It was in January four years ago that I woke up to a telephone call that a friend had died; this time, it was through e-mail but no less shocking.
I’ve known Jeff Alexander since 1998, when we both started volunteering for the Small Press Expo (SPX), a local convention for alternative and independent comic books. We quickly bonded over our love of not only comics, but all sorts of things; Doctor Who, Japanese culture, gaming, mysteries, movies, card games, and everything else in-between.
Jeff was part of a group of friends that for about three years, every Friday night would meet for drinks at Ireland’s Four Courts in Arlington, then walk across the street to the AMC theatre and catch a movie. And even when I inadvertently ended that ritual (due to marathon training at the crack of dawn on Saturday mornings), for years we also would meet up for half-price hamburgers at Whitlow’s on Wilson on Monday nights, catching up on everyone else’s lives and talking about anything and everything.
He was an amazingly talented artist, able to shift styles and techniques at the drop of a hat. Every year he drew a comic strip for the SPX program in the style of George Herriman, and the number of times where I was asked how we’d found pieces of original Krazy Kat art to use for the program was too high to count. For SPX 2010 he drew one in his own style, and I am so happy that everyone got to see just how good his own method of drawing looked, too.
He loved paint ball and gaming, and had just asked if my partner and I were interested in playing mahjong with him and his fiancee Erika. I never knew when I was going to get a random question (from ideas on what to do for a friend’s 50th birthday, still half a decade away, to questions on where to get rid of old manga volumes) but I always welcomed it. Jeff loved giving presents but hated receiving them. I still have a Christmas present for him, wrapped and labeled, sitting in my hall closet that he’ll never receive now.
Jeff was sarcastic but good-natured, dry but humorous, smart and quick to help out. I shared a hotel room with him and another friend when we went to San Diego Comic-Con in 2002, 2003, and 2005, and he was a great traveling companion. It was on that 2005 trip that he talked me into taking over the Ignatz Awards in 2007 from him (so he could become first Assistant Executive Director, then Executive Director of SPX) and I remember a year later thinking, “Wait, how did he get me to agree to this?”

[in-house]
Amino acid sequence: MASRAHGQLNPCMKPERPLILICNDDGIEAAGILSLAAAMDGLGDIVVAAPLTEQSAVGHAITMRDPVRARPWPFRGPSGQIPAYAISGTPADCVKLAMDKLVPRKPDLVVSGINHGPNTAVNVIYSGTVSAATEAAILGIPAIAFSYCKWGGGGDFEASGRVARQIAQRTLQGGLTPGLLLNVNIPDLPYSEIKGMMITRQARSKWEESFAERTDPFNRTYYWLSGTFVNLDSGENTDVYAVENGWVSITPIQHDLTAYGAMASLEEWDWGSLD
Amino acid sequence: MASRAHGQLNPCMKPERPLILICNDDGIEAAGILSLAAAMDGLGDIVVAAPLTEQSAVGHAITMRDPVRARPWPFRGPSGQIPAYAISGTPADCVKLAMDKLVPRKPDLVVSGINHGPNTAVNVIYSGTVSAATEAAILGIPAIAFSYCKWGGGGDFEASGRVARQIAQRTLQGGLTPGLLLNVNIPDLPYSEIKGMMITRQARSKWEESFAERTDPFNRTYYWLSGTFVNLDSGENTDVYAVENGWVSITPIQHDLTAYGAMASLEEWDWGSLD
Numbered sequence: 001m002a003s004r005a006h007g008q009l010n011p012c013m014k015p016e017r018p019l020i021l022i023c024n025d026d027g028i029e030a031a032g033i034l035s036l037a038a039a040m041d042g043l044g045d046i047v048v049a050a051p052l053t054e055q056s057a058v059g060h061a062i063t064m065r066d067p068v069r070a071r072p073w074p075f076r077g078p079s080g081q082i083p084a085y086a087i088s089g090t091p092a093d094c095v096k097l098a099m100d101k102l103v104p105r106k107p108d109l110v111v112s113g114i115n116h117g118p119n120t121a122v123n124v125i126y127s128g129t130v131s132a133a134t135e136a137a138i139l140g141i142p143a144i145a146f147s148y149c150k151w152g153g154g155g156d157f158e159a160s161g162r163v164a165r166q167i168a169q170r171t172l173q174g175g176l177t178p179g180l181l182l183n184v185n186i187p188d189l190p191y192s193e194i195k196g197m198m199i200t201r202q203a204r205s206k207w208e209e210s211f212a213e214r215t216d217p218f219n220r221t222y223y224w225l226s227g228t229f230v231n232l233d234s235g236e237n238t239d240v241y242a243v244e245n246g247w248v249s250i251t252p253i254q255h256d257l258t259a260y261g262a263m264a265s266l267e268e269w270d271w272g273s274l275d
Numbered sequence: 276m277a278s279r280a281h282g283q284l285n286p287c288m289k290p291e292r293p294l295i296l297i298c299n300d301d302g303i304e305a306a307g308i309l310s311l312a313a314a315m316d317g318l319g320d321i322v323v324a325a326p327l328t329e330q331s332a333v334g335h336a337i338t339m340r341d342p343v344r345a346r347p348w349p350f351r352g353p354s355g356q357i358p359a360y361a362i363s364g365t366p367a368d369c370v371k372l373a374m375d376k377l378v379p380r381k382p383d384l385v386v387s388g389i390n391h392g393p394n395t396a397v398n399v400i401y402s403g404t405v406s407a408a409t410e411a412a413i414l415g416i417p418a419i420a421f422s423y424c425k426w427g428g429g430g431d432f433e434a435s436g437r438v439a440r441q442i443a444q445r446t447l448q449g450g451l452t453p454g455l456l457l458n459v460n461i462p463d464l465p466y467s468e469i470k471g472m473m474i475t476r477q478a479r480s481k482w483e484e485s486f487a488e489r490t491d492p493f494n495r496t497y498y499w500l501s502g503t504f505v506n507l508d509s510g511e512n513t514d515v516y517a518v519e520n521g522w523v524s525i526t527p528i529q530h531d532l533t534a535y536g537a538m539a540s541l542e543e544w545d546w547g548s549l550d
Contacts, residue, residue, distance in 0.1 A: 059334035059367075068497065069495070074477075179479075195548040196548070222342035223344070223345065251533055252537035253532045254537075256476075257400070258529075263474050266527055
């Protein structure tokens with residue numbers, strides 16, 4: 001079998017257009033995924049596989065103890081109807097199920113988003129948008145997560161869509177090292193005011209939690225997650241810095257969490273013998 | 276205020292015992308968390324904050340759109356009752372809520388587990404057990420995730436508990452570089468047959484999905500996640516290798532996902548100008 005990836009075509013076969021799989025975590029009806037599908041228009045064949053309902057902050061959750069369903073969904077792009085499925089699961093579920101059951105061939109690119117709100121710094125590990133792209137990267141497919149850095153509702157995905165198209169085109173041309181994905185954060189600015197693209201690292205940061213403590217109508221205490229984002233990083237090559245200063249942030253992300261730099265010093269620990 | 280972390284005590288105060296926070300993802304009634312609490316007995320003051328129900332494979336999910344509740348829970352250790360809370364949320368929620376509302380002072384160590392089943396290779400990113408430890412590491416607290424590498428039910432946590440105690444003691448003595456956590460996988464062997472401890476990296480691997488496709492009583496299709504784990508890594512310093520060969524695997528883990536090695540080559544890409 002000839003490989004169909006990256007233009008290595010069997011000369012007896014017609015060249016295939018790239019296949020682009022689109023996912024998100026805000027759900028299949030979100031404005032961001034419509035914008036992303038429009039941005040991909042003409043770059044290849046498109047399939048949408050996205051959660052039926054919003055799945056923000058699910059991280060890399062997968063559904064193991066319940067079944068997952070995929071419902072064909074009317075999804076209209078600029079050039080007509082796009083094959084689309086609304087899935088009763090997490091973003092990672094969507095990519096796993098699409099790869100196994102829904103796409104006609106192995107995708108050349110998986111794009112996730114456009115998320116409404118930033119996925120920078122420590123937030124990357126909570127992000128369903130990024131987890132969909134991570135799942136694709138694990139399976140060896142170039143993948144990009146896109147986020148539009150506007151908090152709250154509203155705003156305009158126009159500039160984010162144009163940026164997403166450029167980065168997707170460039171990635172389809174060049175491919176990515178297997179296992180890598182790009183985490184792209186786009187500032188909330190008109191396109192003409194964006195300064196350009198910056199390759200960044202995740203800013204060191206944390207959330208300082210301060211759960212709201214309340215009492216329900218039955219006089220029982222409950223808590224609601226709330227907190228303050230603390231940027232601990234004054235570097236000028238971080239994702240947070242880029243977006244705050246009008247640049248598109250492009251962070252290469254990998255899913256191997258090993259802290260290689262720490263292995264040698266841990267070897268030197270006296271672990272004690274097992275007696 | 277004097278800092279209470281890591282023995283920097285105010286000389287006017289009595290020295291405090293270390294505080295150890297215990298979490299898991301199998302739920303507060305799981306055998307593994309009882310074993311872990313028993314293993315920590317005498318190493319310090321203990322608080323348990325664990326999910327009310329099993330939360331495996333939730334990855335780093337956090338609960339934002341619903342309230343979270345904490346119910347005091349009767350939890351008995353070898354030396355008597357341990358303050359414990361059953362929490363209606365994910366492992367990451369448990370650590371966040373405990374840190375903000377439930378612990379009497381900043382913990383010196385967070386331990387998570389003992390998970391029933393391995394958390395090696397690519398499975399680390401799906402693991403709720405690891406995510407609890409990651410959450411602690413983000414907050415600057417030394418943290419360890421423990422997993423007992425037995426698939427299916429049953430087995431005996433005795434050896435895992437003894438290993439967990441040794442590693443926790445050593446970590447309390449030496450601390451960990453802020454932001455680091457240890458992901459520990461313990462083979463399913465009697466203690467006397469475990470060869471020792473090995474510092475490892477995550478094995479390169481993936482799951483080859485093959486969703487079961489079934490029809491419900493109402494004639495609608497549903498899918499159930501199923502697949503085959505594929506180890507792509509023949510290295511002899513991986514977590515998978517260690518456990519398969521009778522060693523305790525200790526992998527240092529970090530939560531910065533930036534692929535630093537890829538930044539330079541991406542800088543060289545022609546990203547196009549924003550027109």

Like so many friends, I look back now and think to myself, “I never did enough with him.” But Jeff was always the kind of person who wouldn’t complain if you hadn’t seen him in months, but rather would pick back up right where you’d left off. I miss the years where we’d run into each other at Big Planet Comics in Vienna on Wednesday evenings after work, and end up chatting for hours until the store closed.
A few months ago I gave him back a handful of DVDs that he’d loaned me years ago, but I’d never gotten around to watching. “You can keep them longer if you want,” he said, but I told him I felt guilty for having hung onto them for so long. Now I look at the spot on my coffee table where they’d sat for years, and selfishly wish I’d hung onto them, a little reminder and souvenir of all those good times together.
Jeff was worried about his hair and bought a fedora, and when I told him he was trying to look more like Peter Davison from Doctor Who he took that as a victory. He just finished up a degree in business and was looking to expand his career possibilities. Jeff loved his fiancee Erika and her two daughters Connie and Wilma more than anyone could possibly imagine.
Jeff Alexander was a wonderful friend, and someone who will never be replaced, only missed.